This action is part of the state’s 2012 waiver from the Elementary and Secondary Education Act, which contained the No Child Left Behind requirements.
The Reward school status replaces the ESEA’s Title 1 Distinguished category.
In Henry County, McDonough Elementary School earned classification as a Reward school with the highest progress.
A high-progress school is in the 10 percent of Title I schools in Georgia making the most progress in improving the performance of the “all students” group over three years on the statewide assessments.
McDonough Elementary Principal Jolie Hardin said she and her staff appreciated the honor.
“The faculty works incredibly hard to provide our students with an outstanding education. They spend countless hours in job-embedded professional learning to learn best practices that meet the needs of the varying learning styles and abilities of our students,” she said.
Hardin said as the new principal, she built on the best practices of her predecessor.
“The previous principal, Gena Williams, did an incredible job putting practices in place that require teachers to dig deep into data to help make informed decisions about teaching strategies,” she said.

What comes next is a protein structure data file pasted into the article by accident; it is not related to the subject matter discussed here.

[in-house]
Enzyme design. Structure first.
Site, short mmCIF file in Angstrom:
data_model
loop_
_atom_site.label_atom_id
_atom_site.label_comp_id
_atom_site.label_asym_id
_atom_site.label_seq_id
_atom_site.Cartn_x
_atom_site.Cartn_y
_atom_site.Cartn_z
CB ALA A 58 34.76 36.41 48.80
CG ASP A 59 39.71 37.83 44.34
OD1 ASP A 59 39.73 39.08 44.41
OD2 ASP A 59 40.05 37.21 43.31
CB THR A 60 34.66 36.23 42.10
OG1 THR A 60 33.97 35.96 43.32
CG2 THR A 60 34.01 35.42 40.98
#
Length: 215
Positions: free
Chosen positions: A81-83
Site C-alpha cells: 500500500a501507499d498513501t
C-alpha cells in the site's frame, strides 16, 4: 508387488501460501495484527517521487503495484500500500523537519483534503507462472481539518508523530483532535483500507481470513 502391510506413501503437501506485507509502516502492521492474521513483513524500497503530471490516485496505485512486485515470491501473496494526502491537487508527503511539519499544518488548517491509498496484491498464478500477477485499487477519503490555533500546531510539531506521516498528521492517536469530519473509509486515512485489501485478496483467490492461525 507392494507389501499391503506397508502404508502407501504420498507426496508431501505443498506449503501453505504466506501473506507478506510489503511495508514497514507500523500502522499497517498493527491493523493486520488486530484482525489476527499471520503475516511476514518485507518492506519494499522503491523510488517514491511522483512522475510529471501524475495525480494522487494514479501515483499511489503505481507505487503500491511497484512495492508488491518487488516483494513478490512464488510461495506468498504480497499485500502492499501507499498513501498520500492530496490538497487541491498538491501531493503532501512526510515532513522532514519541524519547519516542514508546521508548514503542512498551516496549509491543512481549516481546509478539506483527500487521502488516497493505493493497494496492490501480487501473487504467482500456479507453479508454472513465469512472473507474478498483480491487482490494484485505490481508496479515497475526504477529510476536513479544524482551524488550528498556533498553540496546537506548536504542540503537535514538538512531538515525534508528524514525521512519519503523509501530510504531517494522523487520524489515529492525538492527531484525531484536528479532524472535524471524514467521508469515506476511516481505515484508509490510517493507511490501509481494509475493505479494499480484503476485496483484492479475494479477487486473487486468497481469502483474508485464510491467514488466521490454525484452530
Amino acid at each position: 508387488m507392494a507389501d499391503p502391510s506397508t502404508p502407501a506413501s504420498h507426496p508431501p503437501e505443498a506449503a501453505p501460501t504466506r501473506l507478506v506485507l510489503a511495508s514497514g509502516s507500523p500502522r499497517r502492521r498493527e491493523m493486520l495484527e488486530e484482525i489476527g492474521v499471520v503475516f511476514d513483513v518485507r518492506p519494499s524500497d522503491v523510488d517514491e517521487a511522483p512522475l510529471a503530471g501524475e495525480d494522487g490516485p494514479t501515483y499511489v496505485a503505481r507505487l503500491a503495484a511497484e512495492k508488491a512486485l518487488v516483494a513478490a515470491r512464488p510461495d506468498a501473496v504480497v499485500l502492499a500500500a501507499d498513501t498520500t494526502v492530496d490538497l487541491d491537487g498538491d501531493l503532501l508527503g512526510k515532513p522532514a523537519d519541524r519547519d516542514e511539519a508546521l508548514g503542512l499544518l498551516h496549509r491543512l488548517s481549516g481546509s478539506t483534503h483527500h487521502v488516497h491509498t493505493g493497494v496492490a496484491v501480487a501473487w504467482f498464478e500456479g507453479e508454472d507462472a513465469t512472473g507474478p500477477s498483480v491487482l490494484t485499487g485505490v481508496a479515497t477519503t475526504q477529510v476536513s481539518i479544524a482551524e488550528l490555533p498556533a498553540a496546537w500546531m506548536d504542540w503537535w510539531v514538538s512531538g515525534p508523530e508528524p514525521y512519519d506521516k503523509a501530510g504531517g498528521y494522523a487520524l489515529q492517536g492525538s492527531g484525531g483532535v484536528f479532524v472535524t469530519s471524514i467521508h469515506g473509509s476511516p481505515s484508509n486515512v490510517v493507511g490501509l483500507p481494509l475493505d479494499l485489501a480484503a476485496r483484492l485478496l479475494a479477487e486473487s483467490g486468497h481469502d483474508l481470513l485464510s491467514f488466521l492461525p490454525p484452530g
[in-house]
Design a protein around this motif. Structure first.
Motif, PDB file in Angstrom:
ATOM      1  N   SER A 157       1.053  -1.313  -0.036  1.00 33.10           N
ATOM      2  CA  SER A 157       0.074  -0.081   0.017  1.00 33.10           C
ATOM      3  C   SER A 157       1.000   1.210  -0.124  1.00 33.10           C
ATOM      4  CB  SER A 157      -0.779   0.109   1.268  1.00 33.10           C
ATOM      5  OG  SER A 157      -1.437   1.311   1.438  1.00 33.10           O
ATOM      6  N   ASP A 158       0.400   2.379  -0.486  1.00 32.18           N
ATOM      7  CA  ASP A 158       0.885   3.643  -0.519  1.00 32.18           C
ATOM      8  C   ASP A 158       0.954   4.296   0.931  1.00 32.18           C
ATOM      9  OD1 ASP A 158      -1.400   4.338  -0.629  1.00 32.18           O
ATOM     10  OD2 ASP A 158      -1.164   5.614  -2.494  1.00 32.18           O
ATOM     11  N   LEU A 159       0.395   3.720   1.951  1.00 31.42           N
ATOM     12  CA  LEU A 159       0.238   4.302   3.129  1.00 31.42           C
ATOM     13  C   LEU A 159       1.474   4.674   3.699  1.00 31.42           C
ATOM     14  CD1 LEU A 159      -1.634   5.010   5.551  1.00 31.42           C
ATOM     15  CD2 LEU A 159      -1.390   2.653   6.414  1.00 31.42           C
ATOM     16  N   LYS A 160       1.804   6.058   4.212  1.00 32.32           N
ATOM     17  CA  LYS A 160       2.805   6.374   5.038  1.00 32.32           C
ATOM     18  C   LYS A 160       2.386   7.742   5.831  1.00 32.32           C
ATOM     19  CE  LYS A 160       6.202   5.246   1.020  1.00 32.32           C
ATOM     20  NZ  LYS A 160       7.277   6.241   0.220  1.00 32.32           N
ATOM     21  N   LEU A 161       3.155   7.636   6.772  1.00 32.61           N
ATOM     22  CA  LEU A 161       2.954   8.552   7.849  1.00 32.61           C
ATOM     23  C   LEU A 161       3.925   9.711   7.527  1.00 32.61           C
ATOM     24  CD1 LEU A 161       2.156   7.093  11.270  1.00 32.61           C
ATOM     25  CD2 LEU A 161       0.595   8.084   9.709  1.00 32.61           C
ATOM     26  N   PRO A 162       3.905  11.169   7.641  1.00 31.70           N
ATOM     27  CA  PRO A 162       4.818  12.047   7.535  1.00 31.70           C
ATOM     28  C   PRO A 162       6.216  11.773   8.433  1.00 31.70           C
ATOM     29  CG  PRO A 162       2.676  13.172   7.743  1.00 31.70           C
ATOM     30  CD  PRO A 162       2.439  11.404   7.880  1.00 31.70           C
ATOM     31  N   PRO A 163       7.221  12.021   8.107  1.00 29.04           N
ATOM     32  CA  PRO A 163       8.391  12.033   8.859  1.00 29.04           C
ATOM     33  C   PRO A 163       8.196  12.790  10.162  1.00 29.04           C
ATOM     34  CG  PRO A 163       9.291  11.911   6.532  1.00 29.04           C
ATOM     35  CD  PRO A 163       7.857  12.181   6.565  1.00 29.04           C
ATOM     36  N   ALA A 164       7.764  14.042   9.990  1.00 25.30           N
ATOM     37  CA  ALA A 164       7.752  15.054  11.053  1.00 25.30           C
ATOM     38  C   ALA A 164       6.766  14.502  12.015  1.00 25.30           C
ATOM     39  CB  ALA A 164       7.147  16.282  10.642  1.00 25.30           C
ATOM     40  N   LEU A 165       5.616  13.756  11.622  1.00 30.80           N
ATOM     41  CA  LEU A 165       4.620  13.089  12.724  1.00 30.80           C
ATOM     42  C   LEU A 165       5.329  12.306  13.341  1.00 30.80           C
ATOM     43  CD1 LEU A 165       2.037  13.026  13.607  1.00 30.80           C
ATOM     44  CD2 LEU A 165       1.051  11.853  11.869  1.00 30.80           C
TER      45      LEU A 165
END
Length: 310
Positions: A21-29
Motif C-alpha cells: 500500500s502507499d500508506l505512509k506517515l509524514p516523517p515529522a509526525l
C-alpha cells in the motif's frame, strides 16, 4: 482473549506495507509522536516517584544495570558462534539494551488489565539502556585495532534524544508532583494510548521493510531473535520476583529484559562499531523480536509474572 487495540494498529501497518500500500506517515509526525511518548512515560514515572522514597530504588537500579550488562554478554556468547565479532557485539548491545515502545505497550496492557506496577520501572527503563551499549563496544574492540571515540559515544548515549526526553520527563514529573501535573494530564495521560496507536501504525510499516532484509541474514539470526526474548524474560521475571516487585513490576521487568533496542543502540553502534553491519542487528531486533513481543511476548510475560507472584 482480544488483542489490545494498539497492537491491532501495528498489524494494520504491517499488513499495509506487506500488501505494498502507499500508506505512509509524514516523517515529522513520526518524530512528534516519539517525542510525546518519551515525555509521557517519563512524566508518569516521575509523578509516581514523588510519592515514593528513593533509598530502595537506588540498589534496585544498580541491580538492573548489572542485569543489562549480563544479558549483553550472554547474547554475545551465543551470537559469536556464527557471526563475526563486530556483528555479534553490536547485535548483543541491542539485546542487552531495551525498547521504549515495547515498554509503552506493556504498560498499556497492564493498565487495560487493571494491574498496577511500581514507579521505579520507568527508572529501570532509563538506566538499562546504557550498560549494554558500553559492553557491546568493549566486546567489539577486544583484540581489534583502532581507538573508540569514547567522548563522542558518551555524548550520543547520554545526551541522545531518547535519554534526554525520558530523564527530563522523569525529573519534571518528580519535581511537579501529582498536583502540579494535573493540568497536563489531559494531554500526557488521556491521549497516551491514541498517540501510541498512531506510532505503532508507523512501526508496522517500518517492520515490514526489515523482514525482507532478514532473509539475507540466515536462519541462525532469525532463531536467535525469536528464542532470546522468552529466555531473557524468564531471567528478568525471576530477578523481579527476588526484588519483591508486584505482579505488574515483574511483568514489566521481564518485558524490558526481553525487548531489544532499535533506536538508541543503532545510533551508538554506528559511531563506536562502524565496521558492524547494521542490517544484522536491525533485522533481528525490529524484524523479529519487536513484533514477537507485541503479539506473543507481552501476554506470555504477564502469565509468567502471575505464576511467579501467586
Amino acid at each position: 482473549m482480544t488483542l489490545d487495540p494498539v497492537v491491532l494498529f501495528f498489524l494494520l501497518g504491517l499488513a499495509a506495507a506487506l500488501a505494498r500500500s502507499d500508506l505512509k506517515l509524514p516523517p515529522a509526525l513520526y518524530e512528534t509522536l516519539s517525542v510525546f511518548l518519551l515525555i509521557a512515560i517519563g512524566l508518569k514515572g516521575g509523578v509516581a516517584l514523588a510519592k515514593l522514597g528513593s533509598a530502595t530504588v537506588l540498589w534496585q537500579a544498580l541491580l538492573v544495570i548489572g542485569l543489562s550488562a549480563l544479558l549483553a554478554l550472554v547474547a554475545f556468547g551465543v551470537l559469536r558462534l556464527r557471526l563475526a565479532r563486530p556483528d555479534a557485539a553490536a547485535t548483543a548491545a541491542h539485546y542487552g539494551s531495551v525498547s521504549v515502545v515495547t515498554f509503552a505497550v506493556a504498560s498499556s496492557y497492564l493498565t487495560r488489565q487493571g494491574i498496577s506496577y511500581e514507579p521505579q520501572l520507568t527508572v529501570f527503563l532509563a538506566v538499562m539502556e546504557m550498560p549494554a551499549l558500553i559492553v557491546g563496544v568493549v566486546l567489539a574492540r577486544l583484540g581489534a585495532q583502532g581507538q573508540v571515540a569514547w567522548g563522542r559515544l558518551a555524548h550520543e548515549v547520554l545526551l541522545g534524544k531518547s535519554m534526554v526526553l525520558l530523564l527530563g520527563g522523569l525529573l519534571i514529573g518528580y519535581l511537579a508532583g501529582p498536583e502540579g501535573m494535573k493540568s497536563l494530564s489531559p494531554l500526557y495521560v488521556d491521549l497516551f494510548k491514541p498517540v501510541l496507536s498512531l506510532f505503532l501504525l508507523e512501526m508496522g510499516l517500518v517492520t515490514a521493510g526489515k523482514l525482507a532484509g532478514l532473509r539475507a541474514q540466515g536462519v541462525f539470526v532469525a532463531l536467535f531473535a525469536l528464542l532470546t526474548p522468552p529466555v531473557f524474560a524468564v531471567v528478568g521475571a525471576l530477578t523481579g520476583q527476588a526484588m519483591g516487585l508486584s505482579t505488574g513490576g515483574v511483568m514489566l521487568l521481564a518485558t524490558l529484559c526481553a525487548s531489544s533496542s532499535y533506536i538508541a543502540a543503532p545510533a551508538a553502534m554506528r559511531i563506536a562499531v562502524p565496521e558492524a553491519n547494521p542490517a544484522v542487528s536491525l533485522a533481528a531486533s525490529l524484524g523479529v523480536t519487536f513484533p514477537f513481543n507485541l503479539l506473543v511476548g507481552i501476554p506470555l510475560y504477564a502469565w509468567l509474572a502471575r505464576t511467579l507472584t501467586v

Henry County High School, which was on the Priority list in 2012, celebrated its recent release from that status.
Priority schools have a graduation rate of less than 60 percent over two years or are Title I schools with the lowest achievement of the “all students” group on the statewide assessments and a lack of progress on those assessments over three years.
“The students, staff, and members of the Henry County High community have worked diligently over the past several years to accelerate success for students at the school,” Superintendent Ethan Hildreth said in a statement. “Their hard work has resulted in increasing graduation rates, heightened test scores and a school culture that is focused on ensuring success for every student. We could not be more proud of their hard work.”